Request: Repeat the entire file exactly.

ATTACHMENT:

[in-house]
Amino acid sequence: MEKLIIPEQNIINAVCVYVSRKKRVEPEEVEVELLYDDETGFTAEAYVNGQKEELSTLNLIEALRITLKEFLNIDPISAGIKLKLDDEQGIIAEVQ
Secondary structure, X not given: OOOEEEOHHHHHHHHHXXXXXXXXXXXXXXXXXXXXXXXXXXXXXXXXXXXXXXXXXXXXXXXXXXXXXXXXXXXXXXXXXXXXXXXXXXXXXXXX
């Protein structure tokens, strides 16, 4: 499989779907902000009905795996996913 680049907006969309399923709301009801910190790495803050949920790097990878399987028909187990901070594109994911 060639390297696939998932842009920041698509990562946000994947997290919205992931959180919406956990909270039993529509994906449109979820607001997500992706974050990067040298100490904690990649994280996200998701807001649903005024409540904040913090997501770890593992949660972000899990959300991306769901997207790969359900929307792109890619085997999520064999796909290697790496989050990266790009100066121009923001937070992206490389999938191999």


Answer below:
[in-house]
Amino acid sequence: MEKLIIPEQNIINAVCVYVSRKKRVEPEEVEVELLYDDETGFTAEAYVNGQKEELSTLNLIEALRITLKEFLNIDPISAGIKLKLDDEQGIIAEVQ
Secondary structure, X not given: OOOEEEOHHHHHHHHHXXXXXXXXXXXXXXXXXXXXXXXXXXXXXXXXXXXXXXXXXXXXXXXXXXXXXXXXXXXXXXXXXXXXXXXXXXXXXXXX
């Protein structure tokens, strides 16, 4: 499989779907902000009905795996996913 680049907006969309399923709301009801910190790495803050949920790097990878399987028909187990901070594109994911 060639390297696939998932842009920041698509990562946000994947997290919205992931959180919406956990909270039993529509994906449109979820607001997500992706974050990067040298100490904690990649994280996200998701807001649903005024409540904040913090997501770890593992949660972000899990959300991306769901997207790969359900929307792109890619085997999520064999796909290697790496989050990266790009100066121009923001937070992206490389999938191999």